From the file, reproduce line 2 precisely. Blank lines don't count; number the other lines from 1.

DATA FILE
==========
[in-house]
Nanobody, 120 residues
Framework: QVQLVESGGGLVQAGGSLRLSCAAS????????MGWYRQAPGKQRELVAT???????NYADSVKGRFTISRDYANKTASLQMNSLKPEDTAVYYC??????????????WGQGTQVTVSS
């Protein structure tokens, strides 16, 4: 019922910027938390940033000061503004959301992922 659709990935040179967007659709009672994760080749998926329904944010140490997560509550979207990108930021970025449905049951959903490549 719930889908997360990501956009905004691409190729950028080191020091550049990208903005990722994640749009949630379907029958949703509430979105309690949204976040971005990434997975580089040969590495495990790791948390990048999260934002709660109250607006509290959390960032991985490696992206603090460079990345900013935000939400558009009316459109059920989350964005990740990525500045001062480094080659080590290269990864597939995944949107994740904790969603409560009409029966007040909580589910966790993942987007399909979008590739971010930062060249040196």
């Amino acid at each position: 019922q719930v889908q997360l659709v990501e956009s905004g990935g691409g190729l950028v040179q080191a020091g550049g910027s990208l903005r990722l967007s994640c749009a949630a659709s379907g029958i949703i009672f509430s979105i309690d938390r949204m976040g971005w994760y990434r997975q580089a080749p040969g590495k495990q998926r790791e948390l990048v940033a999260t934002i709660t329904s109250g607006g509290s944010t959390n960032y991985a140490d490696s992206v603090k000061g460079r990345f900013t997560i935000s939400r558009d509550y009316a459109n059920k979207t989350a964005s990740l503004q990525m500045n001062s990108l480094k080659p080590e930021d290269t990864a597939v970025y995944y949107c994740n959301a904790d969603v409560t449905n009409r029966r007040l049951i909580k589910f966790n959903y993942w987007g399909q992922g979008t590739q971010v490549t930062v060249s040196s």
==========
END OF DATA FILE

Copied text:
Nanobody, 120 residues